British rock star Gavin Rossdale was still a newlywed when he started cheating.
Not on his wife Gwen Stefani, the energetic singer with pop band No Doubt, but on his comrades in Bush, the group famed for such ’90s hits as “Everything Zen” and “Glycerine.”
Through what Rossdale calls a combination of “apathy and animosity,” Bush drifted apart three years ago, and he started a new band. The foursome, dubbed Institute, released its first album, “Distort Yourself” (Interscope) Sept. 13, and it debuted modestly at No. 81 on the U.S. pop charts.
“It felt, at first, slightly adulterous, and now it feels completely right,” Rossdale, 37, says of his new professional relationship.
As with Bush, Rossdale is the boss, handling singing, most of the songwriting and rhythm guitar. Stefani, whom he married in September 2002, sings on one tune.
While Bush was a mainstay of modern-rock radio, churning out arena-friendly anthems alongside acts like Pearl Jam and Stone Temple Pilots, Institute’s sound is harder. Its detuned guitars and semi-tone precise riffs recall the uncompromising rock of metal bands like Pantera, Helmet and Nine Inch Nails.
That is no accident: Rossdale teamed up on the project with two Helmet alumni, Page Hamilton, who produced the album, and Chris Traynor, who plays guitar for Institute. Rounding out the group are bass player Cache Tolman and drummer Charlie Walker.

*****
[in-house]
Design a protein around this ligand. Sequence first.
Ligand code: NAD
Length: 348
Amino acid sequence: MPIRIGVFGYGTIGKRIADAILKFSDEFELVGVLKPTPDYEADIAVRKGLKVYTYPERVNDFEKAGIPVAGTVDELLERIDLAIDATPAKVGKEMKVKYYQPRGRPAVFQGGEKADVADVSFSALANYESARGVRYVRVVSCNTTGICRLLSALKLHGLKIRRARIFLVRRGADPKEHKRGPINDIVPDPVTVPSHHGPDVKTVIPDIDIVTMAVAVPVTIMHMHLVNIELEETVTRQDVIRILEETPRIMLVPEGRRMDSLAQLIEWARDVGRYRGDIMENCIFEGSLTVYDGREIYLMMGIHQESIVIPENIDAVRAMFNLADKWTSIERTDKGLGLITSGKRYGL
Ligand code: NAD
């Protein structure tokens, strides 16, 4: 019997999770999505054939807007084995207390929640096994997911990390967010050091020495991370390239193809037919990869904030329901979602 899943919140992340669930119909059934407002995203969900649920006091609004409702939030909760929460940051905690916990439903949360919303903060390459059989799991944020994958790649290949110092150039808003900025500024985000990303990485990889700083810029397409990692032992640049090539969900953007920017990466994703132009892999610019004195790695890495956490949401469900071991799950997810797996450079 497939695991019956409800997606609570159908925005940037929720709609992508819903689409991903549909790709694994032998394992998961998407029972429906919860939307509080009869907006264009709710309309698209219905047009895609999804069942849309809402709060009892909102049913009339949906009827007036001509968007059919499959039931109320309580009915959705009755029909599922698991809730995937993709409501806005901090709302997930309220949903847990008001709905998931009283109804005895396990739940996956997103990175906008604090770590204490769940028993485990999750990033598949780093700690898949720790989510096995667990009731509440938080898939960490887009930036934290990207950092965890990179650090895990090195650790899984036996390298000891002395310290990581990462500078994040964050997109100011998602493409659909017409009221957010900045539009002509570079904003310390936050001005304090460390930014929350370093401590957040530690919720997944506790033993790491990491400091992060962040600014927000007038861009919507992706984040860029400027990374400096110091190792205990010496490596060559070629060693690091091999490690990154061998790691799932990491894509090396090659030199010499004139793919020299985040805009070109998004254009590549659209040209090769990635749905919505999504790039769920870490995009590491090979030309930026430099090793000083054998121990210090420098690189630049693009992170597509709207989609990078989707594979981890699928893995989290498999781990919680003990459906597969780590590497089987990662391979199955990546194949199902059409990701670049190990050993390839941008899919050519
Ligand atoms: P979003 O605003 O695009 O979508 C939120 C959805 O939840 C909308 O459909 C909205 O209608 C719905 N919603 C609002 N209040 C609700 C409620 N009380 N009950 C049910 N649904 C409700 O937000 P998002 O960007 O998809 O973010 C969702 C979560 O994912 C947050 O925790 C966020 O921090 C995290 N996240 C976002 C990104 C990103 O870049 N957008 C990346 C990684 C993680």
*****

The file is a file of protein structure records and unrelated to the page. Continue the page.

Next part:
Good to be backRossdale addresses his fans on the album’s opening track and first single, “Bullet Proof Skin,” declaring, “Cool to disappear, but I missed you most days.”
“This is my return,” he explained in a recent interview at his label’s offices. “What’s the first song you wanna sing to the fans, the people that care?”
After a 10-year cycle of recording and touring, racking up worldwide album sales in excess of 14 million copies, Rossdale went through a “hellish” phase as Bush ran aground, his beloved dog Winston died and some crises tested his mettle at a time when he should have been at his happiest.
“I’ve been going through some pretty crazy stuff,” Rossdale said. “And I’ve had to deal with a few people that I thought were pretty close to me turning around and just trying to destroy me, I think.”
He did not go into detail. But while his private life is fairly mundane by rock-star standards, Rossdale did generate some headlines last year following his belated discovery that he was the father of an aspiring teen model.
Communication breakdownBut nothing compares with the trauma of the Bush breakup. Somewhat hurt and mystified, Rossdale fantasizes about a reunion. The problem is that he’s only “a little bit” in touch with drummer Robin Goodridge, and not at all with lead guitarist Nigel Pulsford and bass player Dave Parsons.
Pulsford fired the first shot when he announced he wanted to spend more time with his family after the band completed touring for its fourth and final album, 2001’s “Golden State.”
Rossdale, who says he is in no rush to have children with Stefani, hoped Pulsford would eventually opt for screaming fans over screaming kids. In early 2004, he asked Parsons and Goodridge to help prod Pulsford. In vain, as it turned out: “I never heard from anyone in the band.”
Rossdale said he felt “very alienated from myself” as he faced up to his band’s mortality, but he kept busy with a few acting gigs and some soundtrack work. He started writing songs for what would become Institute. But in an ideal world, Institute would probably not exist.
“Institute is my way of keeping working,” he said. “I didn’t do it because I didn’t want to be in Bush.”
Some of the new songs could be interpreted as having a vague application to Bush’s demise, he said, but “I like to keep stuff positive.”
Ever optimistic, he stipulated that his contract with Interscope allow him to record with Bush in the future. If his fantasy comes true, he would divide his time between the bands.